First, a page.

New York

Nicola Tyson

Nicola Tyson excels at figure studies of the human body—not as it is but as it could be. Like a balloon artist, Tyson twists a basic form into novel arrangements, building an inner pressure that erupts in unexpected evaginations and bulbous erections. Little holes denote misplaced anuses, vestigial urethras, or other orifices of obscure purpose. In Self-Portrait: Early ’70s (all works 1995), a figure—isolated against a flatly painted background that nevertheless suggests the corner of a room—stands with her feet pointed at the viewer and her head at the corner, truncated arms groping blindly like an insect’s feelers. From the midriff of the body protrudes a lump of flesh that could be a pregnant stomach or, taking an ambiguous brown crack into account, a grossly swollen ass. If you could be sure these works were self-portraits then naturally you’d refer to the figure with feminine pronouns, but Tyson deliberately confounds attempts to identify these figures either with herself or with a specific gender. Though the diptych 2 Figures, Six Heads does suggest a division of the sexes—in each panel the figure has arms that culminate in heads, although one figure has an additional head topping a stalk of flesh that originates like a penis in its crotch, while the other has a head that swirls around on an elastic neck to stare into a sexless crotch, site of the famous "lack”—it sets up no hierarchies or distinctions. That is, both creatures have three heads; it doesn’t appear to matter where they sprout.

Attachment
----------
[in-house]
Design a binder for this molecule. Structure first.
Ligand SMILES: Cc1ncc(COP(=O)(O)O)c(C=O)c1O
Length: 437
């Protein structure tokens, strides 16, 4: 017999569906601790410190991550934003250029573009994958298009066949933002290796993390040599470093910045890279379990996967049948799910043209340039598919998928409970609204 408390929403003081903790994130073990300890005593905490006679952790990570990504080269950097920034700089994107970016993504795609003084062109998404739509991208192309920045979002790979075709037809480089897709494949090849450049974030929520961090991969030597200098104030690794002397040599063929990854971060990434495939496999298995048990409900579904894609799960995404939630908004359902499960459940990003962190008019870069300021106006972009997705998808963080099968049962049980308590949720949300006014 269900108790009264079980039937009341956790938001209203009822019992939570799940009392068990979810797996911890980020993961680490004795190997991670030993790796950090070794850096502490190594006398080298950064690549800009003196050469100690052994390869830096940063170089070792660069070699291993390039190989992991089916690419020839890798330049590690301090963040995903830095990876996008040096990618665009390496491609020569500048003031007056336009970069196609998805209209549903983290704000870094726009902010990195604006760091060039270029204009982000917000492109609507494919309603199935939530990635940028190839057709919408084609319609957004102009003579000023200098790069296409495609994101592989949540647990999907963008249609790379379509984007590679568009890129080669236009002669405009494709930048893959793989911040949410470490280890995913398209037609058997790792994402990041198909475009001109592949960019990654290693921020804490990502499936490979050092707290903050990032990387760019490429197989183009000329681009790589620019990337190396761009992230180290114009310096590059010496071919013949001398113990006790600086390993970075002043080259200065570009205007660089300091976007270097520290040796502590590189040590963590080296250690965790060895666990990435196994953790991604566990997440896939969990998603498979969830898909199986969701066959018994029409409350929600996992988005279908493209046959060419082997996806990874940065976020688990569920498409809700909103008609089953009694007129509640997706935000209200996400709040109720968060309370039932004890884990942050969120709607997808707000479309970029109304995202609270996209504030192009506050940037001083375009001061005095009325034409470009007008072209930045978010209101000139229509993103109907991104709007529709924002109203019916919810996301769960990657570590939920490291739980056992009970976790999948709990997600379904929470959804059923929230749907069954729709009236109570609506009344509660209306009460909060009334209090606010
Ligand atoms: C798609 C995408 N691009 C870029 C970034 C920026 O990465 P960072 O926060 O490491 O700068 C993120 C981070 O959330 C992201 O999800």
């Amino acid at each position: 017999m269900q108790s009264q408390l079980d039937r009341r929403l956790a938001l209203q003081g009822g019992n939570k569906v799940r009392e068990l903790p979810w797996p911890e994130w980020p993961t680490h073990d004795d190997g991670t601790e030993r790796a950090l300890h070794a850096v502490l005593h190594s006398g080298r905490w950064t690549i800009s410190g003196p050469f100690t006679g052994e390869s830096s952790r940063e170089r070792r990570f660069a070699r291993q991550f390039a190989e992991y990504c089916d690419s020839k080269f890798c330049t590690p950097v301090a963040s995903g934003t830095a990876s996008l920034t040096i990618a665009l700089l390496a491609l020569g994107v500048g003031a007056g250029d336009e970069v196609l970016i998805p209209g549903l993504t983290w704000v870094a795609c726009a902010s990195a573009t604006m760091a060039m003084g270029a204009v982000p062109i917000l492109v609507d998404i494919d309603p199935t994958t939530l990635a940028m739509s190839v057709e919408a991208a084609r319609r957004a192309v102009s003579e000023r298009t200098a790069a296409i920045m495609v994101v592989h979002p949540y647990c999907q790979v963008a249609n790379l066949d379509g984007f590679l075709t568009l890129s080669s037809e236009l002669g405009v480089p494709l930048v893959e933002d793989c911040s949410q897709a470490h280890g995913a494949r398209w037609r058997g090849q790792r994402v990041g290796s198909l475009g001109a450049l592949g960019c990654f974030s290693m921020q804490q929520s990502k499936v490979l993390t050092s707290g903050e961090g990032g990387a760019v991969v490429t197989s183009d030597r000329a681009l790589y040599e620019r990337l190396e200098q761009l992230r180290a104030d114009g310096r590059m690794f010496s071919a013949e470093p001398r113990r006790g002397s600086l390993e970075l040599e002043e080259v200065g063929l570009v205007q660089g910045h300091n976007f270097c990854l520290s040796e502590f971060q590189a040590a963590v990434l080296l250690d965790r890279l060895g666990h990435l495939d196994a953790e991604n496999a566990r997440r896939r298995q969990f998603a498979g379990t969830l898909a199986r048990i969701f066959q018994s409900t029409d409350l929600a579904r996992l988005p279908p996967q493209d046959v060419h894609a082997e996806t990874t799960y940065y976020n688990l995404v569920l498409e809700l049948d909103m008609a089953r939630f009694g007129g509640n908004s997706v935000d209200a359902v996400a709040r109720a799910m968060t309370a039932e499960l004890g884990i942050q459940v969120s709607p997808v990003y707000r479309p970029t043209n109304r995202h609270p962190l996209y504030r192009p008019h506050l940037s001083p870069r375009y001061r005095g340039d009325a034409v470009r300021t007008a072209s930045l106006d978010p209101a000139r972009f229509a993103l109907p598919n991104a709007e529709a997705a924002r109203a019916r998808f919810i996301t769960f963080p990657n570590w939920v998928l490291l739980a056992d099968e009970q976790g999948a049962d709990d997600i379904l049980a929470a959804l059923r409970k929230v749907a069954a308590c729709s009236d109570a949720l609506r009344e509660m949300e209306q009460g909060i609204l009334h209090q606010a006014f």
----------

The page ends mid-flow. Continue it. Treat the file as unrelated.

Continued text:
Most often, as in Tyson’s virtuosic drawings, sex characteristics combine and recombine with the abandon of a polysexual Mr. Potato Head. It’s a sexuality on display, however, in no drawing or painting do two or more figures copulate, as though they were reluctant to perpetuate their mutant genes through reproduction. Each is truly one of a kind—in the eight grids of fifteen drawings presented in this exhibition alone, no figure ever repeats—and this itself makes it difficult to speak of gender, since there’s no possibility of generalizing. Perhaps the obdurate individuality of these figures, defined not by particularized faces, as in traditional portraiture, but by singular combinations of vegetal torsos, insectoid legs, and monstrous genitalia, reflects a deliberate attempt to unleash the power of the freakish—to go beyond genders, classes, categories. Perhaps Tyson’s self-depiction is just this: a portrait of the artist not as a young man or woman but as an anatomical wonder.

Keith Seward